Democracy, or the rule of the people, first surfaced in ancient Greece around the 5th century BC. From the Greek dēmokratía, (dēmos 'people' and kratos ‘rule'), it was seen as an alternative to aristocracy or aristokratía, meaning "rule of an elite". It is the system of government that we have fought wars to preserve and yet in 2024 it may be put to its strongest ever test, for this year, over 3.8 billion people, or nearly half the world’s population, will go to the polls.

Elections are due not only in the UK, but across the whole of the EU and in major nations like Russia, India, Bangladesh, Mexico, Taiwan and Indonesia. Can democracy survive or have we reached a tipping point where the rule of the elite, or autocracy, takes its place?


The Herald: Russian President Vladimir Putin and Chinese President Xi Jinping have called for close foreign policy co-ordination (Sergei Guneyev/ Sputnik/Kremlin Pool/AP)Russian President Vladimir Putin and Chinese President Xi Jinping have called for close foreign policy co-ordination (Sergei Guneyev/ Sputnik/Kremlin Pool/AP) (Image: free)

President Joe Biden has made the preservation of democracy the central plank of his election platform. This month he told a public meeting in Pennsylvania that Donald Trump was guilty of an “assault on democracy” by his tacit support for the January 6, 2021 insurrection, when mobs attacked Capitol Hill.

Yet Trump, who has been impeached by Congress and criminally indicted by a federal grand jury for his role in seeking to overturn the result of the 2020 election, looks on course to return to power in the US elections in November.

On Monday, he won more than 50% of the vote in Iowa in the biggest win in caucus history - despite 91 criminal charges and other legal entanglements.

Trump’s possible re-election has rung alarm bells across the EU, where his threats to withdraw from NATO and turn his back on Ukraine are music to the ears of Vladimir Putin, who stands for re-election as Russian President in March. Although 15 individuals including six self-nominated candidates (independents) and nine party representatives have registered as candidates, the outcome of the Russian poll is already clear.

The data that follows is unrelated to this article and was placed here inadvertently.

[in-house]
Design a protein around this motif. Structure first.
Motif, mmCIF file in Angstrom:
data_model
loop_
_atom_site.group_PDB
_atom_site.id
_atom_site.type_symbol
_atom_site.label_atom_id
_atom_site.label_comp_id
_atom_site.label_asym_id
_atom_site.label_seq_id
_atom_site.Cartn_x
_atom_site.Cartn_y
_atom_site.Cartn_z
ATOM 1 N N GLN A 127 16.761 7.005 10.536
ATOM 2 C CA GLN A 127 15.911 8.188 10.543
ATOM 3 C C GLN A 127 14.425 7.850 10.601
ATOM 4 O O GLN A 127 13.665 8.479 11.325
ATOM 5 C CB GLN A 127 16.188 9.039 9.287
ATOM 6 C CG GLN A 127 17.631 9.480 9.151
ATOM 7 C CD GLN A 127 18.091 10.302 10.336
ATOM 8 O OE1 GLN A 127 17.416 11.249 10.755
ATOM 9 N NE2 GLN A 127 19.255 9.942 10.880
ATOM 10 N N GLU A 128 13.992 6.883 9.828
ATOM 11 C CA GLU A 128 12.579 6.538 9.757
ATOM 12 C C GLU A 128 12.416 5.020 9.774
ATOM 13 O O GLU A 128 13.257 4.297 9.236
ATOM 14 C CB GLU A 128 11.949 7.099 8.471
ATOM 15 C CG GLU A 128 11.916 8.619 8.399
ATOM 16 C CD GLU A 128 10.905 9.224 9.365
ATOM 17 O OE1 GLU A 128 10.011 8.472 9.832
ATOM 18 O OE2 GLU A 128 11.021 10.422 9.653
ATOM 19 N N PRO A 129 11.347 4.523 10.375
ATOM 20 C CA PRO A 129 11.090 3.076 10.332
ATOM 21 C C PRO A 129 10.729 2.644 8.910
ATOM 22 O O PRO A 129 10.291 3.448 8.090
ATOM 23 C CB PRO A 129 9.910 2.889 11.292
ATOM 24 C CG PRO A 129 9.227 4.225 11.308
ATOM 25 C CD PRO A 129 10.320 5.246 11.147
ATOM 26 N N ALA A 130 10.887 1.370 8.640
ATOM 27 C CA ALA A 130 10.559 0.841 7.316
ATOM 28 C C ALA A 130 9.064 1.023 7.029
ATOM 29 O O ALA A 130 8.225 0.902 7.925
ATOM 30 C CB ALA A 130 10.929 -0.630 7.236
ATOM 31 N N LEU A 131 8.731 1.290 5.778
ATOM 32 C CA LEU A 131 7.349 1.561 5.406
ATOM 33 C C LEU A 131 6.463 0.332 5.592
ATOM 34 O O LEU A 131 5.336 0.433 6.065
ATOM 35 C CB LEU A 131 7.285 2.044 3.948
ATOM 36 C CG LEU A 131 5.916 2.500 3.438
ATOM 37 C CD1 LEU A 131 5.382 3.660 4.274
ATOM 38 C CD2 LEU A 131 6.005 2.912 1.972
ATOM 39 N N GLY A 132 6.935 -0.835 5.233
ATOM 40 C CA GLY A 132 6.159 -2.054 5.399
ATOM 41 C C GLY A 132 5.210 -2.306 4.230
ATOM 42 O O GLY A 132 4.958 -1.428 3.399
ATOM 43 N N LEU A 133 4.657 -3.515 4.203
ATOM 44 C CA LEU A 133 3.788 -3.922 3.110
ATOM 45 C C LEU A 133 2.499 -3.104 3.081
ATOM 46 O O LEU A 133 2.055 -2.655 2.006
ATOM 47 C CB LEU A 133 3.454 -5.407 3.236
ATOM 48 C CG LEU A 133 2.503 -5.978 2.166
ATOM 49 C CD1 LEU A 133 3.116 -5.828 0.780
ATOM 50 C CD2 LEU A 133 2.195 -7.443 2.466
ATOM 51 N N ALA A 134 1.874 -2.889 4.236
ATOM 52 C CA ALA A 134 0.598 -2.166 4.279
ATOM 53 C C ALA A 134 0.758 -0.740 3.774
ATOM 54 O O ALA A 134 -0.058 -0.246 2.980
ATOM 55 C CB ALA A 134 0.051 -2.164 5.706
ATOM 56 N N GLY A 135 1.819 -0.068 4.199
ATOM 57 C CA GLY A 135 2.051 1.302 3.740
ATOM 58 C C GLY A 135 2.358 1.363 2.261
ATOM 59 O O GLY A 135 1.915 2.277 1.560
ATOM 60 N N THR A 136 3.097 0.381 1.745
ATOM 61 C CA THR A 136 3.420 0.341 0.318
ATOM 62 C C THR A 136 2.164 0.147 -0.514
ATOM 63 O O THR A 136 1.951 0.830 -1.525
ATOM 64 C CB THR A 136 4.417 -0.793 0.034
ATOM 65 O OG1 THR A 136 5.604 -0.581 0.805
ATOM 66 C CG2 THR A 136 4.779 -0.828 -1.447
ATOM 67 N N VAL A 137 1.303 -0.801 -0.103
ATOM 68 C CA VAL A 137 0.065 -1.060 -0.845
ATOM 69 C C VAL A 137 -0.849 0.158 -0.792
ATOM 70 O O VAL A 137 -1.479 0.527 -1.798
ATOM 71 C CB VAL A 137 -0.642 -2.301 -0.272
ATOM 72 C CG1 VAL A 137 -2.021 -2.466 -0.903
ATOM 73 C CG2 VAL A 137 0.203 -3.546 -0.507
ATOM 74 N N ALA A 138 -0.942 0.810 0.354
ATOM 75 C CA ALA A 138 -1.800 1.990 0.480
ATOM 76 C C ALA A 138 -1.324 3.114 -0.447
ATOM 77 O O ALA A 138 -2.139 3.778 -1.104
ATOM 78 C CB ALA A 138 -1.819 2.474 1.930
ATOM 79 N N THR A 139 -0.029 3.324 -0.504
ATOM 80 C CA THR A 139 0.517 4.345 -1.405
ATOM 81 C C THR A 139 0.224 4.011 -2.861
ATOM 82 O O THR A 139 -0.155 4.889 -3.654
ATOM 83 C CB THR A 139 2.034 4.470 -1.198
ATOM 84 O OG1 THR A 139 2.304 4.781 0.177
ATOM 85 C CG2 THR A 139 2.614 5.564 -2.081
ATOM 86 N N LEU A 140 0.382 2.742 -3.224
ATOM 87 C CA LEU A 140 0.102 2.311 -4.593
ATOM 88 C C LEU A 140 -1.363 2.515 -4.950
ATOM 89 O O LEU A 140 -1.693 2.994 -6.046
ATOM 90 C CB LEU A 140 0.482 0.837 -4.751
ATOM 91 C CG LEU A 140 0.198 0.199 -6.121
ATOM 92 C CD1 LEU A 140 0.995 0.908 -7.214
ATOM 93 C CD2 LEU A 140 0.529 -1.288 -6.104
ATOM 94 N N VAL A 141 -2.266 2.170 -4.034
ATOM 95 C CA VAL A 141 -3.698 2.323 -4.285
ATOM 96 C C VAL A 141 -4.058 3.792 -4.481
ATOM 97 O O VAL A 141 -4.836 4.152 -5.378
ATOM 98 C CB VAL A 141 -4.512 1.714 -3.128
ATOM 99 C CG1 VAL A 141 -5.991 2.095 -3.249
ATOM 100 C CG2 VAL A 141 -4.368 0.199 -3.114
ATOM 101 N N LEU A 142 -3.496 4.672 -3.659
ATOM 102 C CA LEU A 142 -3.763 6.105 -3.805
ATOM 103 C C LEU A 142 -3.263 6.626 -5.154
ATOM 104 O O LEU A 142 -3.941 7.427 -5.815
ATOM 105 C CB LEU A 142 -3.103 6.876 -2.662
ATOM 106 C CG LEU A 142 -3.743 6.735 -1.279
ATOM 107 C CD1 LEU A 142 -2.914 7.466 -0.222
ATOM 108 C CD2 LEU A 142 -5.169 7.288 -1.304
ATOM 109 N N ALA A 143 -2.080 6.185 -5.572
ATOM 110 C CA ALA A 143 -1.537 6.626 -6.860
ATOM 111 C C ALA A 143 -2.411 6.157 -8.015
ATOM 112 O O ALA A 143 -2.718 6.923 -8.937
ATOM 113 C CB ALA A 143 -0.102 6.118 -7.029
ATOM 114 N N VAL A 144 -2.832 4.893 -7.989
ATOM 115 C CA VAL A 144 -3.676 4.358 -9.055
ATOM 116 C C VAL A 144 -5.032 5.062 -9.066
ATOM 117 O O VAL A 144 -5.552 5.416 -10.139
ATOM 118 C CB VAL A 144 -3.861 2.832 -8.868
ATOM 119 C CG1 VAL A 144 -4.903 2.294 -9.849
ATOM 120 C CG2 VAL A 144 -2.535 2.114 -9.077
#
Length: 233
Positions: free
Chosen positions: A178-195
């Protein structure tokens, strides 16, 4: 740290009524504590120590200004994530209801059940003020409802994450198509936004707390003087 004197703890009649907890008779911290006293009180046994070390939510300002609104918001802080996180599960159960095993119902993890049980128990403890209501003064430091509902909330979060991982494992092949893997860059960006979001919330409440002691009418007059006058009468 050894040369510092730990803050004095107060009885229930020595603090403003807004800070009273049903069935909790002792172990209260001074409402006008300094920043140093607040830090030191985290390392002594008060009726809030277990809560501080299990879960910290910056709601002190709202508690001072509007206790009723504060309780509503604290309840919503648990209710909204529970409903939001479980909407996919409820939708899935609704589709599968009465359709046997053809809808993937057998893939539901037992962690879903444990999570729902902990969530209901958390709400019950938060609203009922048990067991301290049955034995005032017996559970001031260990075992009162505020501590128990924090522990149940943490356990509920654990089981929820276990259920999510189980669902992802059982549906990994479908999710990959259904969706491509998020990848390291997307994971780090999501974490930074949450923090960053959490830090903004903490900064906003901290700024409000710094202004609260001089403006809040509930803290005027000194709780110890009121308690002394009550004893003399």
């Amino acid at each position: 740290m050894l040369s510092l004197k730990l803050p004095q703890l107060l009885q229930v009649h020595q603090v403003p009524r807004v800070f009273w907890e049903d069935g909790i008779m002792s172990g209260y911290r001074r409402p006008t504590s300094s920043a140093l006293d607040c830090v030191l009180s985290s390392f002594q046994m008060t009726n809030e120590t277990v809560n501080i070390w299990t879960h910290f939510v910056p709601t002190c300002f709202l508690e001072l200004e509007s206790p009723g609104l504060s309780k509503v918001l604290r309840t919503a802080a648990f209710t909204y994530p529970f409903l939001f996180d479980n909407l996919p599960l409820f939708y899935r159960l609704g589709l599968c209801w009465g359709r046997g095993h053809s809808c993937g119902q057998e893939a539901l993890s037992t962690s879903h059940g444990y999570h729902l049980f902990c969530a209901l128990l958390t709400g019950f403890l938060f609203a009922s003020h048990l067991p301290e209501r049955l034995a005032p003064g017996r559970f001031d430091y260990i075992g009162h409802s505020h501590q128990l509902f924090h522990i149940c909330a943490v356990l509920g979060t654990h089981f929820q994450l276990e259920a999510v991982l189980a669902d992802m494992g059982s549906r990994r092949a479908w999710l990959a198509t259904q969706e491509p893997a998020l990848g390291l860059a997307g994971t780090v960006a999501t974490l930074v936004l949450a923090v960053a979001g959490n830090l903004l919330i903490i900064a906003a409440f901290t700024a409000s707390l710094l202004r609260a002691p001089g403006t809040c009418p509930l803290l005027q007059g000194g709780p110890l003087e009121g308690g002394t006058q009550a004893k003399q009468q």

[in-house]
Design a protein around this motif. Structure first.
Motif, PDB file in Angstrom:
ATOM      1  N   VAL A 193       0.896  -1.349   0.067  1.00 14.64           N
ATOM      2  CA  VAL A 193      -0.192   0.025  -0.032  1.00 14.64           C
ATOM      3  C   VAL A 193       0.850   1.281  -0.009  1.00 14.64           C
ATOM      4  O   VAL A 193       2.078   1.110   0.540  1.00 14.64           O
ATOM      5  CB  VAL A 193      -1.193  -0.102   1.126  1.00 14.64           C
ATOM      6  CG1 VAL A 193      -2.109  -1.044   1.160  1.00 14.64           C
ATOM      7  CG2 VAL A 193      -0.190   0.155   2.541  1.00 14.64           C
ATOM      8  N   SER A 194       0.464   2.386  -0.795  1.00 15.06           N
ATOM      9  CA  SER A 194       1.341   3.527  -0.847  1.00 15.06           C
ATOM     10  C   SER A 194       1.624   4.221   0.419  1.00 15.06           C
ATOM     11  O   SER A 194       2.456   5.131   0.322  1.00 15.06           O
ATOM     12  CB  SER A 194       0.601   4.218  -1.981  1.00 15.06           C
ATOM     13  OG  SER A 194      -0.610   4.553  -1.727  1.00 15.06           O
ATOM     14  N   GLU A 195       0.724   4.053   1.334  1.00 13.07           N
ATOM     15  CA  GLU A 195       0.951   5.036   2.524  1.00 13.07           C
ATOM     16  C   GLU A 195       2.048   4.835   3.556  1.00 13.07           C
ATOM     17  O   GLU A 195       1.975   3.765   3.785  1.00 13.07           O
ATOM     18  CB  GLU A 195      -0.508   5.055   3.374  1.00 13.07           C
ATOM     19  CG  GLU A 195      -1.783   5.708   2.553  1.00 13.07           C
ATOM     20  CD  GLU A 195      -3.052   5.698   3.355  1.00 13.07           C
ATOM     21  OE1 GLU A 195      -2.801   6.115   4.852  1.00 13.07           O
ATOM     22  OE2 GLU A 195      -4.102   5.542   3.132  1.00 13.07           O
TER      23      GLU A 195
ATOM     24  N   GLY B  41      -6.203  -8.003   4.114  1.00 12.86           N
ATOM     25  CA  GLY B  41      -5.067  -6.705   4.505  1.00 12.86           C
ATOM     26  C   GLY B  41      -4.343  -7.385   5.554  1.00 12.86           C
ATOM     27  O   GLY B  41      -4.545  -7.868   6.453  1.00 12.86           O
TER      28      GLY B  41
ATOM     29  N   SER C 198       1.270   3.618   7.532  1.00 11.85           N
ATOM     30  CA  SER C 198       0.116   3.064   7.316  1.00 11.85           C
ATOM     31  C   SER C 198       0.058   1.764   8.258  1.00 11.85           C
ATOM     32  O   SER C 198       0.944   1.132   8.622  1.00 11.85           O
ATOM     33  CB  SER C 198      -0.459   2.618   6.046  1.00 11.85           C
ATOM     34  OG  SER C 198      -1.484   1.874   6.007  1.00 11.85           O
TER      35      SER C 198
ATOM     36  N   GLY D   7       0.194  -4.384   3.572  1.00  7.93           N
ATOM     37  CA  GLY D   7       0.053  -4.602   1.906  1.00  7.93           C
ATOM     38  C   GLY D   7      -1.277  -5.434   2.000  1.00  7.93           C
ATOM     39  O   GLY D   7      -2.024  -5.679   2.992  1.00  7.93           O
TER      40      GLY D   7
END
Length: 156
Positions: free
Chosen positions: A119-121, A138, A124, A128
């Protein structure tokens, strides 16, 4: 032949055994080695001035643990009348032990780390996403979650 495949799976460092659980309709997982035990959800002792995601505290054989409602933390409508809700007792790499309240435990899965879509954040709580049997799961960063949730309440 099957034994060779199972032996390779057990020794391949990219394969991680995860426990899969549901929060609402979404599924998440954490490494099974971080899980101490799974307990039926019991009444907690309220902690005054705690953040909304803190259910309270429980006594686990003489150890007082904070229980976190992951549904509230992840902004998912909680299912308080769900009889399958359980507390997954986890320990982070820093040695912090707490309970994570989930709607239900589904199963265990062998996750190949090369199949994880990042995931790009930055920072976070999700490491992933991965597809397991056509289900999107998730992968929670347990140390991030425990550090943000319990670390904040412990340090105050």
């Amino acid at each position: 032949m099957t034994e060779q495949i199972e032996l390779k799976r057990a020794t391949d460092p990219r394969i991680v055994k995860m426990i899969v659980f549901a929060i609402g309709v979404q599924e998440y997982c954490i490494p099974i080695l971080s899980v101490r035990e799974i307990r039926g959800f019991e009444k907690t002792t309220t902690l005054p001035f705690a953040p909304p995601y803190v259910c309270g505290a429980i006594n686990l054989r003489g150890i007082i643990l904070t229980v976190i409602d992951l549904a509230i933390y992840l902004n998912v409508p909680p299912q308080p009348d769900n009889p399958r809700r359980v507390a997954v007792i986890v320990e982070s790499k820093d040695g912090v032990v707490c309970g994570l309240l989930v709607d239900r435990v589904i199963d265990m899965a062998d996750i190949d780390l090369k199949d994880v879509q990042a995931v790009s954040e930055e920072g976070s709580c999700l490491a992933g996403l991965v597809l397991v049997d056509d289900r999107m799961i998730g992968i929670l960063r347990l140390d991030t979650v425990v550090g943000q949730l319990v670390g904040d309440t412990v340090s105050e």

Trump’s pal Putin will be returned as president with an eye-popping majority. The most prominent member of the Russian opposition, Alexei Navalny, having survived assassination attempts, has been moved to a Siberian gulag. Putin has ensured his main adversary can pose no threat to his landslide re-election. The candidates permitted to run against him are for show only, in this ludicrously fraudulent mockery of democracy.

But Vladimir Putin will not be alone in ruthlessly exploiting the trappings of democracy in a bid to fool the voters into legitimising bogus elections.

In Iran, the ageing and dangerously delusional Supreme Leader, Ayatollah Ali Khamenei, holds ultimate power and does not require the indignity of public votes to retain his repressive rule as a theocratic dictator. The process will begin, however, to prepare for a new presidential election, with the appointment by Khamenei of a 12-man Guardian Council, whose job is to vet candidates running for office, ensuring that only the person hand-picked by the Supreme Leader can win.

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In 2021, this led to the summary rejection of various high-profile figures and the ultimate election as president of Ebrahim Raisi, dubbed The Butcher of Tehran for his notorious role as an executioner during the 1988 massacre of more than 30,000 political prisoners, mostly supporters of the main democratic opposition movement the Mojahedin-e Khalq (MEK). Nevertheless, Raisi looks likely to be Khamenei’s candidate of choice once again for re-election as Iranian president.